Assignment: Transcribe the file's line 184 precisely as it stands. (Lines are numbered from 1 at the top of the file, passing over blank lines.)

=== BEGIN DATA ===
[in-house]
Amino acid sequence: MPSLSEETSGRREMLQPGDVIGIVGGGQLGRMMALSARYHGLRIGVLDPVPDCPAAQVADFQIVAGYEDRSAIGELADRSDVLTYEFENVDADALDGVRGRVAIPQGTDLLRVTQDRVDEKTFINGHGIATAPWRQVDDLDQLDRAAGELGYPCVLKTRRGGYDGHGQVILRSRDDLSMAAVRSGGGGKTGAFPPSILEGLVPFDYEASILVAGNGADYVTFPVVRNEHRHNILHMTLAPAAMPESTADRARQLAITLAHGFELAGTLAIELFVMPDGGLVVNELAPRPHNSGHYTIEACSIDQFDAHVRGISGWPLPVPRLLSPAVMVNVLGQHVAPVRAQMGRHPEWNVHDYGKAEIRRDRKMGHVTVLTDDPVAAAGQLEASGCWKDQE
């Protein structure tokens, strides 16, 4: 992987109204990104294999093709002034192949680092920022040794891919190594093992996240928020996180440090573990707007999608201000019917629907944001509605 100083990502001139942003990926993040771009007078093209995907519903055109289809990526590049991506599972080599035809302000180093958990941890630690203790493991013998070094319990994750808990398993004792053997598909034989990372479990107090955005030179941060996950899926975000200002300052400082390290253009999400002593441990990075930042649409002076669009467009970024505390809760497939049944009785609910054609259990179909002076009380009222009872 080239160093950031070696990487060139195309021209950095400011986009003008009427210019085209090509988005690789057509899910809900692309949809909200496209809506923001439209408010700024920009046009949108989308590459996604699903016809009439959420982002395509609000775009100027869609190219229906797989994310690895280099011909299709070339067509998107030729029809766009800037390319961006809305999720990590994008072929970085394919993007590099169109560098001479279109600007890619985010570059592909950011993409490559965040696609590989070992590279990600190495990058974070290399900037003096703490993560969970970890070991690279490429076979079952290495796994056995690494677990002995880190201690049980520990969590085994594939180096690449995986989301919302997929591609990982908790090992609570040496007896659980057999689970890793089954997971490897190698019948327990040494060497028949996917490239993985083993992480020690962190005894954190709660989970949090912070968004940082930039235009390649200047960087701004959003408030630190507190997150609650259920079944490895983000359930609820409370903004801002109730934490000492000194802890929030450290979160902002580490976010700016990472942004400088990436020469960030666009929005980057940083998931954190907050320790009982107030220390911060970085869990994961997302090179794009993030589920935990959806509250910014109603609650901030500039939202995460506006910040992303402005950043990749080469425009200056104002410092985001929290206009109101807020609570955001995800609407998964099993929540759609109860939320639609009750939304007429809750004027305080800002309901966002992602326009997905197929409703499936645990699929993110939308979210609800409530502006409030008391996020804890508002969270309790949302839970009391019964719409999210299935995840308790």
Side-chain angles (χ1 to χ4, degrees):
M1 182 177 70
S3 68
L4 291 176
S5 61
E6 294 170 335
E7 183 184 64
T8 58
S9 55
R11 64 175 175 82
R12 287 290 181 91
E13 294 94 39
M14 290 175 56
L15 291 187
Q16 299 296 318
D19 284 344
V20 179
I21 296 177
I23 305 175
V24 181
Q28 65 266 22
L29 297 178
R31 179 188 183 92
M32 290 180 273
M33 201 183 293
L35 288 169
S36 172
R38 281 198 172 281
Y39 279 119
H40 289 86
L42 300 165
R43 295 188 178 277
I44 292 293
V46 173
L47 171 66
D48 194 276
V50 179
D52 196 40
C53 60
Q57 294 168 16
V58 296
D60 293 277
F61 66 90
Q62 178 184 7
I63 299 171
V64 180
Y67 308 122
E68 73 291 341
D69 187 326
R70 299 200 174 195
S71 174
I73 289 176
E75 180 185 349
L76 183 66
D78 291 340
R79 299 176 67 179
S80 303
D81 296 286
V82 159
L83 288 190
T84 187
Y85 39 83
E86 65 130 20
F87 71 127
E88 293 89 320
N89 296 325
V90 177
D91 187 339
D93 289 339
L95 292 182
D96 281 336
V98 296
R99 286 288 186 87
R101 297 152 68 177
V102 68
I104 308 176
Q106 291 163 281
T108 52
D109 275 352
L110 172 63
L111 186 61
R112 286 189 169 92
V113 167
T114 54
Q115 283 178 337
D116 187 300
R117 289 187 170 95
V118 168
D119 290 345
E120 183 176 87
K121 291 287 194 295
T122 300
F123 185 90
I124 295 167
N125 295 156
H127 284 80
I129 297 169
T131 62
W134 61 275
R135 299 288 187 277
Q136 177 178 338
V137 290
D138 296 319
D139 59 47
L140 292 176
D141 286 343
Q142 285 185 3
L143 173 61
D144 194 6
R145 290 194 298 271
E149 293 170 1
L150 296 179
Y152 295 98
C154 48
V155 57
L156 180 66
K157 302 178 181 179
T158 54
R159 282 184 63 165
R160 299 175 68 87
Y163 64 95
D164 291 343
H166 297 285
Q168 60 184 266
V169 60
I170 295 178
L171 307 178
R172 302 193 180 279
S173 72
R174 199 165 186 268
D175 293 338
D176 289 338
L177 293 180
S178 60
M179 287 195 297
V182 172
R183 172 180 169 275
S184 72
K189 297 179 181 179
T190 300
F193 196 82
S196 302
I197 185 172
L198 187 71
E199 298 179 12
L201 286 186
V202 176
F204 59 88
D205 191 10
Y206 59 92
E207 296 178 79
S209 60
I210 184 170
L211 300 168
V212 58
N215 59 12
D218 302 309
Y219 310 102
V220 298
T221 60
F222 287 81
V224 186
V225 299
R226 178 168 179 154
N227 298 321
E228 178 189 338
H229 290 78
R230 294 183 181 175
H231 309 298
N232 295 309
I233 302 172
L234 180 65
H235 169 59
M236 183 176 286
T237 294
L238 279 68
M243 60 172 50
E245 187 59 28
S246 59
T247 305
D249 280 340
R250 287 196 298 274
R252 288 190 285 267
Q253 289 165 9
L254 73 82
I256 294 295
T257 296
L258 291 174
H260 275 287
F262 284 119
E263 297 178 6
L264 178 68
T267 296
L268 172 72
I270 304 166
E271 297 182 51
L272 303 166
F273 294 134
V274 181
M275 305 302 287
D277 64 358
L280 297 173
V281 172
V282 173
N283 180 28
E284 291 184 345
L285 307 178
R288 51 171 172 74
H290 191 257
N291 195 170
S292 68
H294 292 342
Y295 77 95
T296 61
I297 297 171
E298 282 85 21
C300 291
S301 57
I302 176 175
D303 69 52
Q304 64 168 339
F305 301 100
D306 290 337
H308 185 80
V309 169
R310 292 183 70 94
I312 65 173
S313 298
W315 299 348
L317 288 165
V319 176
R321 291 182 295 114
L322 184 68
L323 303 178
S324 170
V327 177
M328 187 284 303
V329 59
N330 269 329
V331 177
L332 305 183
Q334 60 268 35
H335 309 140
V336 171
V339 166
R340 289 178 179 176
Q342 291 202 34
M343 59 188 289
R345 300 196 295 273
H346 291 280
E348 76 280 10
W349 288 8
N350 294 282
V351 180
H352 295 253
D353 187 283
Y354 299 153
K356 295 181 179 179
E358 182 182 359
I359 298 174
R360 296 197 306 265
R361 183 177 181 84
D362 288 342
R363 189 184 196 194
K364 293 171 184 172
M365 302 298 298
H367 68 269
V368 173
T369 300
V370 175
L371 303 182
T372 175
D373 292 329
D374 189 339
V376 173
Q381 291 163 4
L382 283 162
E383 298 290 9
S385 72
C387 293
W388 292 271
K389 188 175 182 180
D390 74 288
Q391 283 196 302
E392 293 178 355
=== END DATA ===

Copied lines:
D249 280 340